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Chemical Watchdog Finds More Evidence Of Illegal Gas Attacks In Syria


UN vehicles carrying OPCW inspectors are shown in Damascus in April.

The banned nerve agent sarin and chlorine were used in two more attacks in Syria last year, the global chemical-weapons watchdog has said.

The Organization for the Prohibition of Chemical Weapons (OPCW) said on June 13 that sarin was used south of the city of Ltamenah in the Hama area on March 24, 2017.

It also "concluded that chlorine was very likely used as a chemical weapon at Ltamenah hospital and the surrounding area" the following day.

The findings in Ltamenah were based on witness testimony, epidemiological analysis, and environmental samples, it said.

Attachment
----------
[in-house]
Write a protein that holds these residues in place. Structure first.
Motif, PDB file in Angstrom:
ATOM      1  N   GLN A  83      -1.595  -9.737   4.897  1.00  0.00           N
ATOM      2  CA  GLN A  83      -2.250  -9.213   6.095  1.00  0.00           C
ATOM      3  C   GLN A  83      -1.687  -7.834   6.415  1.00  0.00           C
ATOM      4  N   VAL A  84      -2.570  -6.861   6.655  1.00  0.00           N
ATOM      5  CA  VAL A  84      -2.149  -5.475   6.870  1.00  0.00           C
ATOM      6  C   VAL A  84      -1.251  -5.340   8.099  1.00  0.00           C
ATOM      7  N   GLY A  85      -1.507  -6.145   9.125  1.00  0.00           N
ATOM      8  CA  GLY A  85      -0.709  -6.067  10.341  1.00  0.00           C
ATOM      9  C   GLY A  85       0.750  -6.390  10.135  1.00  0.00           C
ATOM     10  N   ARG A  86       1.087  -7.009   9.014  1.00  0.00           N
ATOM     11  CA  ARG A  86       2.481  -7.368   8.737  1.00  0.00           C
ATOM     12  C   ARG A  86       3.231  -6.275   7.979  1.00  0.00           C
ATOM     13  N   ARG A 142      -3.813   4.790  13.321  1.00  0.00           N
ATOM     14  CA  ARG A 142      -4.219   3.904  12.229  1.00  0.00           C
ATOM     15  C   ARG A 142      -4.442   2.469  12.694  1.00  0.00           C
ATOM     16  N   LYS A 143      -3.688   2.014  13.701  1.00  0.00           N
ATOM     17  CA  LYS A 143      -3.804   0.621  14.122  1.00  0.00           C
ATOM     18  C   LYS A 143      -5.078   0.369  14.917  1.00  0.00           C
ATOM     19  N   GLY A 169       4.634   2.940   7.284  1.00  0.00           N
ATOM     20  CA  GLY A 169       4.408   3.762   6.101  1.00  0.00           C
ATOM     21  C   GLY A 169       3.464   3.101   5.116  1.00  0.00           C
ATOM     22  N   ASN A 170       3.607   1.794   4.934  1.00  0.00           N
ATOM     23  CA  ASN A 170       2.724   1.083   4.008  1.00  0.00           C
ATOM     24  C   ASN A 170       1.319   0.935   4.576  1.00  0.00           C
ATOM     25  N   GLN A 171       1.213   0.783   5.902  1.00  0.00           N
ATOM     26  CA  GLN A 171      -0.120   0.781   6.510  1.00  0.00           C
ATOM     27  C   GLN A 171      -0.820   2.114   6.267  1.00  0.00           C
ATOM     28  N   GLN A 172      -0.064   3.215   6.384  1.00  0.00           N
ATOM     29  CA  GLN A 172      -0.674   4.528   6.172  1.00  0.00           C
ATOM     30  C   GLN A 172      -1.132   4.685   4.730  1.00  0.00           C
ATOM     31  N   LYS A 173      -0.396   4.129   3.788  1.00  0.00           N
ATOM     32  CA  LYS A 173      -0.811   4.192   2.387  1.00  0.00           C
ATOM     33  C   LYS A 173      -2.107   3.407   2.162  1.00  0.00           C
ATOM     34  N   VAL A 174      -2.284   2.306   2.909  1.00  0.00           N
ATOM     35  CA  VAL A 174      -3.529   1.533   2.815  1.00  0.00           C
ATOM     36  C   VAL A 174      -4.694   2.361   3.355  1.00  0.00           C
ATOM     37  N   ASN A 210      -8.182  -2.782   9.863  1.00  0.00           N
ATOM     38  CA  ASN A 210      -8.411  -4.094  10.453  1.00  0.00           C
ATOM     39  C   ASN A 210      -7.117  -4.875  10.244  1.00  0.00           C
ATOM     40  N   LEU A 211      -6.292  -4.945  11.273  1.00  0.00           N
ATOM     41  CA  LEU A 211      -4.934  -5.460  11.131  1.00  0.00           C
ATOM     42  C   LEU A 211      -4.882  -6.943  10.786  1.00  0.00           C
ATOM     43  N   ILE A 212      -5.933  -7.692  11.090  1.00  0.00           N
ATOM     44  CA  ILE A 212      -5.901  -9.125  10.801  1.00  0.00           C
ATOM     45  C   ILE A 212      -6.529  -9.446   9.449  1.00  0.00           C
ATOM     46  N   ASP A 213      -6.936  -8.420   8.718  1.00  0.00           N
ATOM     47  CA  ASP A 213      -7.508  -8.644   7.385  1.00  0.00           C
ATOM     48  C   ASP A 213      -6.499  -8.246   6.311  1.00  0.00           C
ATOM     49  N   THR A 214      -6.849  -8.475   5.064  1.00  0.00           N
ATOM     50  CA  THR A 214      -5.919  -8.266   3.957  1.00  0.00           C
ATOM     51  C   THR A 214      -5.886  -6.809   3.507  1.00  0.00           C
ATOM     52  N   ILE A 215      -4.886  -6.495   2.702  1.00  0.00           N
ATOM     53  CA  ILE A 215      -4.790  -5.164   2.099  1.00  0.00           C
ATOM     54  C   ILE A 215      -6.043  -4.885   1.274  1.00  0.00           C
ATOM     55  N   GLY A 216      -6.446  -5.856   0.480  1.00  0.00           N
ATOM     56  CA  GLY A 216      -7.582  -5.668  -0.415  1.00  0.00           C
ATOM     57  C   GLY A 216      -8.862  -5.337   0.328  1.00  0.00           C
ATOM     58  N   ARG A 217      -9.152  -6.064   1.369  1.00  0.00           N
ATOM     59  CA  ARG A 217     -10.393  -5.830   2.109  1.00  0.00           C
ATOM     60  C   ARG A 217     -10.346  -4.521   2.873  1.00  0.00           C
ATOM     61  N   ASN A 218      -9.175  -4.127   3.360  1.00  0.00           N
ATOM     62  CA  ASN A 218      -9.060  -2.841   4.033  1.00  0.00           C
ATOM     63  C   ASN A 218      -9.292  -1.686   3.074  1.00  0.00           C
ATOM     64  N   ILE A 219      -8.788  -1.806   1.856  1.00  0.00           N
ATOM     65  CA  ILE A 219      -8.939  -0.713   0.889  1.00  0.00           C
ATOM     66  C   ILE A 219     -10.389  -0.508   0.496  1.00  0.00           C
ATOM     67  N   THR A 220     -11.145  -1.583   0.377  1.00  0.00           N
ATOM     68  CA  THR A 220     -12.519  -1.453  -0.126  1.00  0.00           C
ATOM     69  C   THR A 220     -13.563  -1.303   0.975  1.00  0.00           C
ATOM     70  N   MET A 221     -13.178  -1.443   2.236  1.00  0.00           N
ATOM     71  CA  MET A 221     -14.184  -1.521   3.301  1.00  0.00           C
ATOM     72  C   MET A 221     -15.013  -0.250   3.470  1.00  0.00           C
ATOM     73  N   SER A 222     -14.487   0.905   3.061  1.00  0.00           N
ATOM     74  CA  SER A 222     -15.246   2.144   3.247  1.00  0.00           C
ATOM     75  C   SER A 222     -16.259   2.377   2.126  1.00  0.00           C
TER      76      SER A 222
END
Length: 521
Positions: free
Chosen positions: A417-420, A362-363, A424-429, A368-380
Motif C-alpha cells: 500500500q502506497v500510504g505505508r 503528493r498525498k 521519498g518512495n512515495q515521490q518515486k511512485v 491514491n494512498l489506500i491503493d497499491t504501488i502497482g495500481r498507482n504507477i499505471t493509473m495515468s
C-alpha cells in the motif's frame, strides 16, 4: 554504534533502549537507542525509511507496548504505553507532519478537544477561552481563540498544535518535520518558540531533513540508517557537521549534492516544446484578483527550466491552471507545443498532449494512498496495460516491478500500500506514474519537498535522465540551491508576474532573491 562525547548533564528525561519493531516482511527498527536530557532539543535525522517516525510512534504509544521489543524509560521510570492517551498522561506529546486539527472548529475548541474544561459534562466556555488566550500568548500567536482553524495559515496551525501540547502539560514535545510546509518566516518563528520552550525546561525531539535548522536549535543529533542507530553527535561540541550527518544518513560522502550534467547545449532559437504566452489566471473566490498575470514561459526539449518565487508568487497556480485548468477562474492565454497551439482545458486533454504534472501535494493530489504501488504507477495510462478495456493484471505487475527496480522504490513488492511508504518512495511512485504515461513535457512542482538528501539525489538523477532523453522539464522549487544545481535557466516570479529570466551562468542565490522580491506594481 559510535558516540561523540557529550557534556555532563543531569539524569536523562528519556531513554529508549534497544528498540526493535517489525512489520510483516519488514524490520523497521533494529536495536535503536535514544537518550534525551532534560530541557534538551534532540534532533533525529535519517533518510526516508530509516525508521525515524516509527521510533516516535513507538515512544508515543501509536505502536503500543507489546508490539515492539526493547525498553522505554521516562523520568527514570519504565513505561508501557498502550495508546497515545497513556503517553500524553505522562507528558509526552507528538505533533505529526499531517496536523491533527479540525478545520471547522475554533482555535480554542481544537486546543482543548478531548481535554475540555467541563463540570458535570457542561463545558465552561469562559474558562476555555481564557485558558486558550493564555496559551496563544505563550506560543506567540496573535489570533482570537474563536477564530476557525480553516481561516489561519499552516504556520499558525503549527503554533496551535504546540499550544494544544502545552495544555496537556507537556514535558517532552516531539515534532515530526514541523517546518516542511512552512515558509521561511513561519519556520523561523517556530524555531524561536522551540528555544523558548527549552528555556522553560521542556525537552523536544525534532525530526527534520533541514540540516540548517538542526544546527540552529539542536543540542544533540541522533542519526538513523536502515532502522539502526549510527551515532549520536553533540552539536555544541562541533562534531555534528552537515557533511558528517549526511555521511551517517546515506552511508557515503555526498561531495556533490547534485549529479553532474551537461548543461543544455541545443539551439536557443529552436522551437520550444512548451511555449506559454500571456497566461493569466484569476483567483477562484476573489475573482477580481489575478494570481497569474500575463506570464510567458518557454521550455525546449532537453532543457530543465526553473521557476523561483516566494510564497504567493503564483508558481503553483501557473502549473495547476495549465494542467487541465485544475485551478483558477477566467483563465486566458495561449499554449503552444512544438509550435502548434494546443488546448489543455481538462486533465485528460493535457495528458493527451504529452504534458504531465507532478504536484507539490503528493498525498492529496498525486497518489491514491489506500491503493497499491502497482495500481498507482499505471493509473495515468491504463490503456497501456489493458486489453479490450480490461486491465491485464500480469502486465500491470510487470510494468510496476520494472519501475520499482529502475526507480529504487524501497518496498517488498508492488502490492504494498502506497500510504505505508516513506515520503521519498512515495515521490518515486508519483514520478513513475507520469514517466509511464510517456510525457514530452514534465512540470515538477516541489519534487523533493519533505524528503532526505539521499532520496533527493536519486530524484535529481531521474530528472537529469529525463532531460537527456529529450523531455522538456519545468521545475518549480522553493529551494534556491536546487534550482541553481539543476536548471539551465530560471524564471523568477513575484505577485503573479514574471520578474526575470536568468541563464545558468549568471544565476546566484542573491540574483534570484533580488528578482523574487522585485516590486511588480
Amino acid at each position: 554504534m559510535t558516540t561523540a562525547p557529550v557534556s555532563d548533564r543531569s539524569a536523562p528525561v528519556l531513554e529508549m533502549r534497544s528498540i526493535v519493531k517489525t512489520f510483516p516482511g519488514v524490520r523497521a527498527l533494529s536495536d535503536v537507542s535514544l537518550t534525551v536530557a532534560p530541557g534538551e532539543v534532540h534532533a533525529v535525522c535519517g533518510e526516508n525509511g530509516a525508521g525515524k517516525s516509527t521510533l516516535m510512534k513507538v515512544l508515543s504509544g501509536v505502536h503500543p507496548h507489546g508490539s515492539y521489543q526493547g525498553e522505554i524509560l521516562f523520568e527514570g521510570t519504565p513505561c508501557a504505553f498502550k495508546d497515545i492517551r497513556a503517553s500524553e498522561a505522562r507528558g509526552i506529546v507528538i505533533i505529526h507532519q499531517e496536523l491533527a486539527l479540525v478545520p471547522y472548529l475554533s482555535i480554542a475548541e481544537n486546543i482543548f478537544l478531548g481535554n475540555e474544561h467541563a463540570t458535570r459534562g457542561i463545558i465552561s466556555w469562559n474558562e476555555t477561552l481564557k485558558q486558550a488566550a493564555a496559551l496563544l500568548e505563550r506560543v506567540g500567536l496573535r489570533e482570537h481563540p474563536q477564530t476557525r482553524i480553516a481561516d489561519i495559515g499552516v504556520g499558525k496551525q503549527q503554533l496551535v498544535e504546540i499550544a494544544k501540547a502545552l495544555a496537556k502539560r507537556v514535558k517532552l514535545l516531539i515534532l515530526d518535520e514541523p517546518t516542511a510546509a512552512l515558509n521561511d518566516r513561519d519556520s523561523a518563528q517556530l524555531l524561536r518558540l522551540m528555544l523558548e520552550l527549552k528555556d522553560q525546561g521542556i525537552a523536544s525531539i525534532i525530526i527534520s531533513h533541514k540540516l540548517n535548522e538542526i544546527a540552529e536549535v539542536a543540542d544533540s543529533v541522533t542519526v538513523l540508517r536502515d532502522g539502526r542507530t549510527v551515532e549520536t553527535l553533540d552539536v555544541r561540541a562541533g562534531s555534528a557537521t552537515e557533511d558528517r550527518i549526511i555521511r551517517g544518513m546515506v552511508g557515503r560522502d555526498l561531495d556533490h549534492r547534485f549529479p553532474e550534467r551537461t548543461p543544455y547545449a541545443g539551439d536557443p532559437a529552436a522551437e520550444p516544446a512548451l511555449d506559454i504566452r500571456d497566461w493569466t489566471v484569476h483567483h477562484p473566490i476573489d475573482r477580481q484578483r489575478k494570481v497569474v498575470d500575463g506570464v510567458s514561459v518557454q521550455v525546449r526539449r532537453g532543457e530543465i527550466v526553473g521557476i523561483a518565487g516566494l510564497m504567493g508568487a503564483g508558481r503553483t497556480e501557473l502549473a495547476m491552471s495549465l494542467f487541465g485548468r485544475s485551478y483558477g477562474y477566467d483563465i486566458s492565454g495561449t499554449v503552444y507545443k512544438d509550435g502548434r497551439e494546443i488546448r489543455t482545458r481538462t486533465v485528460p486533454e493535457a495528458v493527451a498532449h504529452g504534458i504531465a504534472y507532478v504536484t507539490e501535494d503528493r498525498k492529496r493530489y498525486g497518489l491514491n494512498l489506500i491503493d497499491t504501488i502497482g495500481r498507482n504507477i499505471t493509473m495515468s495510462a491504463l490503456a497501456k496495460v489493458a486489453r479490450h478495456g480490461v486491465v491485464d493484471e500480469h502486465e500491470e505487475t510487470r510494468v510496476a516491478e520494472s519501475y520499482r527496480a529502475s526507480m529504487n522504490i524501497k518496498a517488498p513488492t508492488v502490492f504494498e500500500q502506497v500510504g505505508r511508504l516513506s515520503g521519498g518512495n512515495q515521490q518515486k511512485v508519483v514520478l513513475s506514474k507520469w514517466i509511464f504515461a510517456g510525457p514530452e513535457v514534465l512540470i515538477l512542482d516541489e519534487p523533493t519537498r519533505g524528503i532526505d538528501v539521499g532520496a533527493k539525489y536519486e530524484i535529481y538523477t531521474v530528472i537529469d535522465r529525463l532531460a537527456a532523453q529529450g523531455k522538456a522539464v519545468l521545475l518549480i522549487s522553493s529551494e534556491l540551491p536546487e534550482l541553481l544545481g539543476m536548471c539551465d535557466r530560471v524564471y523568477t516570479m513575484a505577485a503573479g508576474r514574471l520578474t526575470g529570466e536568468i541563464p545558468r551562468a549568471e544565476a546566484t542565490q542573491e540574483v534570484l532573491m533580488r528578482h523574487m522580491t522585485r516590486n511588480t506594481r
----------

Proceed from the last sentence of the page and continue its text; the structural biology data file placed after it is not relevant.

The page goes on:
The OPCW did not assign blame for the attack. In March 2017, activists in the rebel-held area of Ltamenah accused the Syrian government of carrying out an air attack using chemical weapons against a hospital, a charge that Damascus denied.

Previous UN-OPCW investigations have found that Syrian government forces used both sarin and chlorine, while Syrian rebel forces once used sulphur mustard gas.

Days after the Ltamenah attacks, sarin was used in a deadly attack at nearby Khan Sheikhun, killing nearly 100 people. A UN-OPCW investigative team blamed that attack on Syrian government forces. Damascus denied responsibility.

Based on reporting by Reuters, AP, and dpa

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